Prolific US playwright Neil Simon dead at 91

Prolific US playwright Neil Simon dead at 91

Prolific US playwright Neil Simon dead at 91

U.S. playwright Neil Simon, who became one of Broadway's most prolific and popular playwrights as he combined humour, drama and introspection in works such as "The Odd Couple", "The Goodbye Girl" and "Lost in Yonkers", died on Sunday at the age of 91, his representatives said. He succumbed to complications from pneumonia over the weekend, passing away at a New York-Presbyterian hospital in Manhattan.

Simon is survived by his wife, actress Elaine Joyce, and his daughters, Nancy, Ellen and Bryn.

He won Tony Awards for The Odd Couple, Biloxi Blues, and Lost in Yonkers and a fourth for his overall contribution to American theatre. Many of his plays were adapted into movies, and one, "The Odd Couple", even became a popular television series.

During one season, Simon had four plays running simultaneously on Broadway, and he was also the first playwright to have a Broadway theatre named after him.

- Tony Award-winning actor and playwright Harvey Fierstein, via Twitter. He had many other successes, including "Promises, Promises", and "The Sunshine Boys". He was raised mostly by his strong-willed mother, Mamie, and mentored by his older brother, Danny, who nicknamed his younger sibling, Doc.

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In 1992, he told The Paris Review, "I don't write social and political plays, because I've always thought the family was the microcosm of what goes on in the world". There was delicious slapstick, to be sure: The poker players chasing after the disconsolate, newly divorced Felix to make sure he didn't harm himself. "Laughter on the 23rd Floor". "I hope I will keep my equilibrium and sense of humour when I'm told I haven't achieved it", Simon once said about his voluminous output of work. And in the theater, the trilogy, like so much of Simon's work, revealed itself as a singular gallery of wacky characters, inextricably bound together by love.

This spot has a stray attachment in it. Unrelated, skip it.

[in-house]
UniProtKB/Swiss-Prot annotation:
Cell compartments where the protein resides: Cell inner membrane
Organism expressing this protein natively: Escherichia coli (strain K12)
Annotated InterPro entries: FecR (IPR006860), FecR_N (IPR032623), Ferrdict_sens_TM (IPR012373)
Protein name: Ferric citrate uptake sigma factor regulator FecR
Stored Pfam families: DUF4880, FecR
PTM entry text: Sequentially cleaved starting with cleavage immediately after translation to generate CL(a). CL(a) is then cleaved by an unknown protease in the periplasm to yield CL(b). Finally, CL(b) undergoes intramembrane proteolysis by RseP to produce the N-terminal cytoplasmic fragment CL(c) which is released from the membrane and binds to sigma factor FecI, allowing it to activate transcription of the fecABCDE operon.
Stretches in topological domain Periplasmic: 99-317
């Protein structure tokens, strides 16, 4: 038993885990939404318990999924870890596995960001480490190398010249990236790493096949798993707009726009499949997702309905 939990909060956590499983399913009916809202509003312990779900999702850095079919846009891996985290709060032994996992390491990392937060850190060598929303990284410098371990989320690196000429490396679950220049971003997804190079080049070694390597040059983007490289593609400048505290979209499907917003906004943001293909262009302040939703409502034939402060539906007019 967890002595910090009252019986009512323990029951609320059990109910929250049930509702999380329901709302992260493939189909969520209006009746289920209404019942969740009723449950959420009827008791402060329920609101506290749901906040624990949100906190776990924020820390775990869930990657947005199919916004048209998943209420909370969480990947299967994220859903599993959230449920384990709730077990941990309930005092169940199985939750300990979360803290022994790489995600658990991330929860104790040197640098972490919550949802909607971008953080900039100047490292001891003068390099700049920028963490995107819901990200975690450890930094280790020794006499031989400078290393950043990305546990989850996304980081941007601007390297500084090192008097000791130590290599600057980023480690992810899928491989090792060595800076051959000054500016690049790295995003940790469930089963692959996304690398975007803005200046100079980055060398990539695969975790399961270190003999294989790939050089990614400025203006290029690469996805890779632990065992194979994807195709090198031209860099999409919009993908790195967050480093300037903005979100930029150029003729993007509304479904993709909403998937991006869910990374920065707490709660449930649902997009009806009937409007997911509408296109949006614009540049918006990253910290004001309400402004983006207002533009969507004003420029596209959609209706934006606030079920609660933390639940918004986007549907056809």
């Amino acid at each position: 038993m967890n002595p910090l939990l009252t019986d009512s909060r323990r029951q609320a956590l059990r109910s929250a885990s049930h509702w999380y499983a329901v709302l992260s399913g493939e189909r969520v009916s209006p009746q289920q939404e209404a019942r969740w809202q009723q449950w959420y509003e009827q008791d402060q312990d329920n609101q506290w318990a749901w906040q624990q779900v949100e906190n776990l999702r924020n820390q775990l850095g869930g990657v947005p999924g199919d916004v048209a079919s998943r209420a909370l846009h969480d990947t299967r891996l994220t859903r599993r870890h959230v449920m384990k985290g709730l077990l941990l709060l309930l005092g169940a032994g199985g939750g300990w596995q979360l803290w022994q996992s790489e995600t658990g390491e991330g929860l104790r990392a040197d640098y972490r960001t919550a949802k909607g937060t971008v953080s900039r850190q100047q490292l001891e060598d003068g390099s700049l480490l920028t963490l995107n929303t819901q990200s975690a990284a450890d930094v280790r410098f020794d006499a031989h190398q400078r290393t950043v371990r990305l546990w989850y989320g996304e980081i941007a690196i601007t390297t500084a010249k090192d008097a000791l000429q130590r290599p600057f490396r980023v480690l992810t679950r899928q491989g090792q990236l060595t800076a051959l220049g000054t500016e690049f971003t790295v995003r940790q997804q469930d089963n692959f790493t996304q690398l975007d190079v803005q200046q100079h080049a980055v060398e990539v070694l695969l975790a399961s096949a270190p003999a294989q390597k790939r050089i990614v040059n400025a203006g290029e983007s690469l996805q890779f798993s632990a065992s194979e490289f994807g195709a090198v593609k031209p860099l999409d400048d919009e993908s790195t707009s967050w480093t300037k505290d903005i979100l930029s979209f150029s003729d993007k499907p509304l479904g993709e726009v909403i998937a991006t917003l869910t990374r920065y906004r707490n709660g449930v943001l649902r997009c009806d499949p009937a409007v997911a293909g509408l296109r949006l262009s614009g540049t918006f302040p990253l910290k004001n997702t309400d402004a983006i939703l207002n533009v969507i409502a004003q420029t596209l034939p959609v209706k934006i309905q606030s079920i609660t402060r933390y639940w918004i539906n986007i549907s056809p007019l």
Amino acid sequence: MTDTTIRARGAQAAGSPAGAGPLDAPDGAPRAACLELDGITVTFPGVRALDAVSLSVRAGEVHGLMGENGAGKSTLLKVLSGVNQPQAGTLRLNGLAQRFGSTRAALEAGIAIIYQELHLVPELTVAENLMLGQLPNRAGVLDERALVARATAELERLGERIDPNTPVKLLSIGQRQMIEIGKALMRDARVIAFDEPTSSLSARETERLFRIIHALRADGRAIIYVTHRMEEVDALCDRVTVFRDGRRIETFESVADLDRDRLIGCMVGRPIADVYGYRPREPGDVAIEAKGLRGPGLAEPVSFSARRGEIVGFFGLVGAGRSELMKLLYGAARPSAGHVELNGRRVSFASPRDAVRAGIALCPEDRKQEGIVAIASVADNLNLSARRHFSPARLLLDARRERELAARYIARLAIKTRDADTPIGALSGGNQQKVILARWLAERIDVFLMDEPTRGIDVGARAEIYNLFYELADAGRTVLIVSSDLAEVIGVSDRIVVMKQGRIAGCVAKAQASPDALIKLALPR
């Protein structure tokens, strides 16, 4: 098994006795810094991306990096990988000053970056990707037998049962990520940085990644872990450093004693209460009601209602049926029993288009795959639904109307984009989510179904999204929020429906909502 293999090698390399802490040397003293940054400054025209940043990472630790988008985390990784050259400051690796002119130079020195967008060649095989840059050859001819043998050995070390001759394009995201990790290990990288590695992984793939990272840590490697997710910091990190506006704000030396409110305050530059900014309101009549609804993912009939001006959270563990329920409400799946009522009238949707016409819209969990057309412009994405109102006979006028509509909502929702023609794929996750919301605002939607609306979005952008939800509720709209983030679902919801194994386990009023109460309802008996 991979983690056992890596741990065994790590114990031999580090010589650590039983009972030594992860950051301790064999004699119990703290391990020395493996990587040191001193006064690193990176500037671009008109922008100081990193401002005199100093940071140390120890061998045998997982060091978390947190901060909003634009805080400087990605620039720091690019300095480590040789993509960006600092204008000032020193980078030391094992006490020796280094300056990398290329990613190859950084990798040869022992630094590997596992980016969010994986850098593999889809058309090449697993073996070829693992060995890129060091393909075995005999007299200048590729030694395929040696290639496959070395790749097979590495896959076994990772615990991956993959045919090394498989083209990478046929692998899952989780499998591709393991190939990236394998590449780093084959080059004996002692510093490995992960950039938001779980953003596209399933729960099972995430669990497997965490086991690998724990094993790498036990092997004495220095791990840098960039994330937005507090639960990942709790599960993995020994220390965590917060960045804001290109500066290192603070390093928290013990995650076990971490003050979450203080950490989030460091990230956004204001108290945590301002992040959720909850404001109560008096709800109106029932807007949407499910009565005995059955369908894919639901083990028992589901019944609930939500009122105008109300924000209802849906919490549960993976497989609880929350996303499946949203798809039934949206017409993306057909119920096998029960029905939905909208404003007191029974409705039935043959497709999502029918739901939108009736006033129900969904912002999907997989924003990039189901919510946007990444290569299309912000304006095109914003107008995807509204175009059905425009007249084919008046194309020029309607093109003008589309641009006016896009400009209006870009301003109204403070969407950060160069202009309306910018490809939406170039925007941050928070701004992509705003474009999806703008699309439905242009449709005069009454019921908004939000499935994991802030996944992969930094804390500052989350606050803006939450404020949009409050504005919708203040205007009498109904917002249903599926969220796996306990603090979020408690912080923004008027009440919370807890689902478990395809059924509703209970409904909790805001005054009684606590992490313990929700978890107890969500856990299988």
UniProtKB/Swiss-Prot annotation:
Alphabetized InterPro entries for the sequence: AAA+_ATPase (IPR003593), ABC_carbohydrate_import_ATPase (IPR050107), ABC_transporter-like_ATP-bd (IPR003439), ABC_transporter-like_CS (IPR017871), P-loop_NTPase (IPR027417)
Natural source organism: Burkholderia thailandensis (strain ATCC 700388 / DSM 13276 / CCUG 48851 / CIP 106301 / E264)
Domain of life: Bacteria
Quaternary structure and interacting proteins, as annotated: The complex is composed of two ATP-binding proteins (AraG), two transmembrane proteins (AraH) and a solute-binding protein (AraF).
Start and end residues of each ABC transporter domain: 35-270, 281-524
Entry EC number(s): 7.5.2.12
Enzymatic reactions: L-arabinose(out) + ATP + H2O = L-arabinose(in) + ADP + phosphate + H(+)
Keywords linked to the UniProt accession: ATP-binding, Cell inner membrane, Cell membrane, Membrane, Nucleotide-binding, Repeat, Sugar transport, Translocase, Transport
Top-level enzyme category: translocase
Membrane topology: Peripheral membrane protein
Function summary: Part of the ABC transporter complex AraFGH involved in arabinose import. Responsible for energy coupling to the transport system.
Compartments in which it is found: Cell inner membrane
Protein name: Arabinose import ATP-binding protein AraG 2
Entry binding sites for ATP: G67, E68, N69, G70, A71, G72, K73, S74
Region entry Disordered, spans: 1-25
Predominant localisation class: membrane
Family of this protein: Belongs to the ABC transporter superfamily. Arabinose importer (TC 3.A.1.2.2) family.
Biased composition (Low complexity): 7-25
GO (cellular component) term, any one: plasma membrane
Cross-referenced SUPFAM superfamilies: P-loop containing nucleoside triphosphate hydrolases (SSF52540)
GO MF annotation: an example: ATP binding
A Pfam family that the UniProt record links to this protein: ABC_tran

Prolific American playwright Neil Simon has died at age 91.

Simon also was a master of probing the relationships of opposites, most famously in "The Odd Couple", a beloved comedy that looked at two roommates, the schlubby Oscar Madison (Matthau in the 1968 film) and the fastidious Felix Unger (Jack Lemmon). It had barely closed when Simon's next play, "Little Me", opened on Broadway, starring Caesar in multiple roles and with choreography by Bob Fosse.

Simon received Kennedy Center honors in 1995 from President Bill Clinton for his contribution to the arts and to popular culture in the 20th century.

Many of his works are classics of 20th century American theater and Simon has been credited with playing a seminal role - along with film director Woody Allen - in re-crafting U.S. humor in the 1960s and 1970s.

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